Drive speaker with 3.3V in both direction.

Hello !

I actually use the ToneAC library to drive a speaker on my 3.3V project (arduino pro mini). The main advantage of this library is that two phase PWM pins are used in the push/pull manner. So we get twice the volume with the same current from the battery.

pin9 : 3.3V → 0.0V → 3.3V …
pin10: 0.0V → 3.3V → 0.0V …

But the sound is not enough loud (at 40mA with 3.3V). I would like to drive move current in the speaker. I don’t need sound quality. I just want to generate sounds at different frequencies.

There are many (complex) audio amplifier examples on the Arduino forum. But I don’t really want to amplify a signal. The input and output signals are all 3.3V square wave. I just want to connect the battery directly to the speaker. For example I only want the PWM part of a class D amplifier.

I have found some dual channels H-bridge chips. But they are all intended to drive motors.

Where I can find a classical small DIP chip (<8 pins), that operate at 3.3V, that can drive the current in a speaker, without additional components, in the pull/push fashion ?

Thanks !

Baptiste.

But I don’t really want to amplify a signal.

Yes you do. You need current amplification not voltage.

I have found some dual channels H-bridge chips. But they are all intended to drive motors.

Yes that is what they do.

Where I can find a classical small DIP chip (<8 pins), that operate at 3.3V, that can drive the current in a speaker, without additional components, in the pull/push fashion ?

Without additional components - nowhere. What is wrong with additional components? You need them to block DC from the speaker. DC in a speaker will kill or damage it.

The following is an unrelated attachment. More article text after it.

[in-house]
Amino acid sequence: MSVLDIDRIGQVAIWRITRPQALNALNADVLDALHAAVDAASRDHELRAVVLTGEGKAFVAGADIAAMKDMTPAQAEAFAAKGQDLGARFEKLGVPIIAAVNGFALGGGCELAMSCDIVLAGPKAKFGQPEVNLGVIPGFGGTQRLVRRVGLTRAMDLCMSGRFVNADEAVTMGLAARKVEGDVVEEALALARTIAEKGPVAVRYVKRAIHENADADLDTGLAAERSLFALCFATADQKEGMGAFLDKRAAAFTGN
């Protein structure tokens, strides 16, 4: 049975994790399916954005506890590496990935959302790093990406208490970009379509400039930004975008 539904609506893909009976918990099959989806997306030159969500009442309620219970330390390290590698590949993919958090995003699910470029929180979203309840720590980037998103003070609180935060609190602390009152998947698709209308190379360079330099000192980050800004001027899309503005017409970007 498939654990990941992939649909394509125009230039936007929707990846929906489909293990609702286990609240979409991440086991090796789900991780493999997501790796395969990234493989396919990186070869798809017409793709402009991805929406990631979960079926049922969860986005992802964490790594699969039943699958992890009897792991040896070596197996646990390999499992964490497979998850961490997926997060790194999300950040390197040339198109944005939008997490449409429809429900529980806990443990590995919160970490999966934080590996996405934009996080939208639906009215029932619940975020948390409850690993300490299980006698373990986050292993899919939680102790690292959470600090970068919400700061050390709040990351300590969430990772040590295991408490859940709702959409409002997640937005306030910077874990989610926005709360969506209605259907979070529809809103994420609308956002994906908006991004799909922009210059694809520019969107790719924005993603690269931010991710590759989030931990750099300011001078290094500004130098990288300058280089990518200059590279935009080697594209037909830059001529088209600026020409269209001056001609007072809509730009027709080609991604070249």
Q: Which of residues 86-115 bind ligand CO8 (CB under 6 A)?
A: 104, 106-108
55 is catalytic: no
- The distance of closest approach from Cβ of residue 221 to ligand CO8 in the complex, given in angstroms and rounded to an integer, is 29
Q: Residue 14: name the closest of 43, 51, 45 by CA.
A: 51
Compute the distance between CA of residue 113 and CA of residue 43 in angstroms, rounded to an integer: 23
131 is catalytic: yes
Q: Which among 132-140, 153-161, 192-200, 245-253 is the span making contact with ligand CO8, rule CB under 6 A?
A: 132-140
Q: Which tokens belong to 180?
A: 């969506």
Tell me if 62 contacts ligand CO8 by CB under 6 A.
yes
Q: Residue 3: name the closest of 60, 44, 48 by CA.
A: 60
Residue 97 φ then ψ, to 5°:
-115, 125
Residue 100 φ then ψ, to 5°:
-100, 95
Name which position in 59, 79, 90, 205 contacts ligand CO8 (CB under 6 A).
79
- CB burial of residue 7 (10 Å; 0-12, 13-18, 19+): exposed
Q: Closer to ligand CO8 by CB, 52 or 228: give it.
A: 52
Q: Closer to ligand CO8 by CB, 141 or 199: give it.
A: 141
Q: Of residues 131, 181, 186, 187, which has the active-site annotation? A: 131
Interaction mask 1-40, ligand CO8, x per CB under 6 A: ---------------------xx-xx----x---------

Have you seen this one:-
Speaker.png

Thanks you Mike for your help !

When I say that I don't really want to amplify a signal I mean that I don't need to keep voltage proportionality between the input and the output as a classic amplifier does. I just need to generate constant amplitude wave.

The reason I don't want too many components is that the project need to be mounted on stripboard as compact as possible. The global project size is important.

https://github.com/prunkdump/arduino-variometer/ |500x418

And when the number of components increase, the number of needed tracks increase rapidly. Moreover I would like to make the project easy to build to DIY enthusiasts.

I know that DC is not good for speakers but it's often the way the speaker is connected in many arduino projects. From the ToneAC library page : https://bitbucket.org/teckel12/arduino-toneac/wiki/Home |500x303

I have found this low voltage H-bridge chip : L9110

http://www.elecrow.com/download/datasheet-l9110.pdf

The idea is to drive the speaker (with resistor) with the two chip's outputs controlled by two arduino's pins as in the ToneAC circuity.

It is not really AC but it generate a push/pull square signal.

Do you thinks it can works ?

Baptiste.

I have found this low voltage H-bridge chip : L9110

Yes. That should work.

When you turn the sound off, drive both pins high or both pins low so that no current flows. (And, maybe check the leakage current.)

Thank you very much !

I will try to make the circuit and I report here if it’s work !

Baptiste.